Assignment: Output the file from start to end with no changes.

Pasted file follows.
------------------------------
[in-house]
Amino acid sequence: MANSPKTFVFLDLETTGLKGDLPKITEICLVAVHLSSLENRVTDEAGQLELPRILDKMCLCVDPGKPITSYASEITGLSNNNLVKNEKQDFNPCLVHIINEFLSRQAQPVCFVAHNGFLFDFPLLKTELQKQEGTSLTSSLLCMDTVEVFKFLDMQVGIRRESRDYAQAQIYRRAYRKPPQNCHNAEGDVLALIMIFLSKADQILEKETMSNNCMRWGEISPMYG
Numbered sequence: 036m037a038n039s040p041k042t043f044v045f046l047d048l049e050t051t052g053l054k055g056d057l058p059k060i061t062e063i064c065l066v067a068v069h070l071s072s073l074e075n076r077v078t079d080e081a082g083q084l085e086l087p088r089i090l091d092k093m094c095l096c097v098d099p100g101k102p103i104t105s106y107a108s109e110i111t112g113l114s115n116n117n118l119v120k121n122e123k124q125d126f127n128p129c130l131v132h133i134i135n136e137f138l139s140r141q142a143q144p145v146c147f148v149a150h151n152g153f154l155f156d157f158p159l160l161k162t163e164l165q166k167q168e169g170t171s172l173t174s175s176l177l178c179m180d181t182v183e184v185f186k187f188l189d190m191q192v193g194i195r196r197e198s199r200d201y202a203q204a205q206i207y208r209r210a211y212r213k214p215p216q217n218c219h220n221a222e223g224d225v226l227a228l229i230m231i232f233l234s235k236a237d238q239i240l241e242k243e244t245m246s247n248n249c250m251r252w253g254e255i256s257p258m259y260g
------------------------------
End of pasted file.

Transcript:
[in-house]
Amino acid sequence: MANSPKTFVFLDLETTGLKGDLPKITEICLVAVHLSSLENRVTDEAGQLELPRILDKMCLCVDPGKPITSYASEITGLSNNNLVKNEKQDFNPCLVHIINEFLSRQAQPVCFVAHNGFLFDFPLLKTELQKQEGTSLTSSLLCMDTVEVFKFLDMQVGIRRESRDYAQAQIYRRAYRKPPQNCHNAEGDVLALIMIFLSKADQILEKETMSNNCMRWGEISPMYG
Numbered sequence: 036m037a038n039s040p041k042t043f044v045f046l047d048l049e050t051t052g053l054k055g056d057l058p059k060i061t062e063i064c065l066v067a068v069h070l071s072s073l074e075n076r077v078t079d080e081a082g083q084l085e086l087p088r089i090l091d092k093m094c095l096c097v098d099p100g101k102p103i104t105s106y107a108s109e110i111t112g113l114s115n116n117n118l119v120k121n122e123k124q125d126f127n128p129c130l131v132h133i134i135n136e137f138l139s140r141q142a143q144p145v146c147f148v149a150h151n152g153f154l155f156d157f158p159l160l161k162t163e164l165q166k167q168e169g170t171s172l173t174s175s176l177l178c179m180d181t182v183e184v185f186k187f188l189d190m191q192v193g194i195r196r197e198s199r200d201y202a203q204a205q206i207y208r209r210a211y212r213k214p215p216q217n218c219h220n221a222e223g224d225v226l227a228l229i230m231i232f233l234s235k236a237d238q239i240l241e242k243e244t245m246s247n248n249c250m251r252w253g254e255i256s257p258m259y260g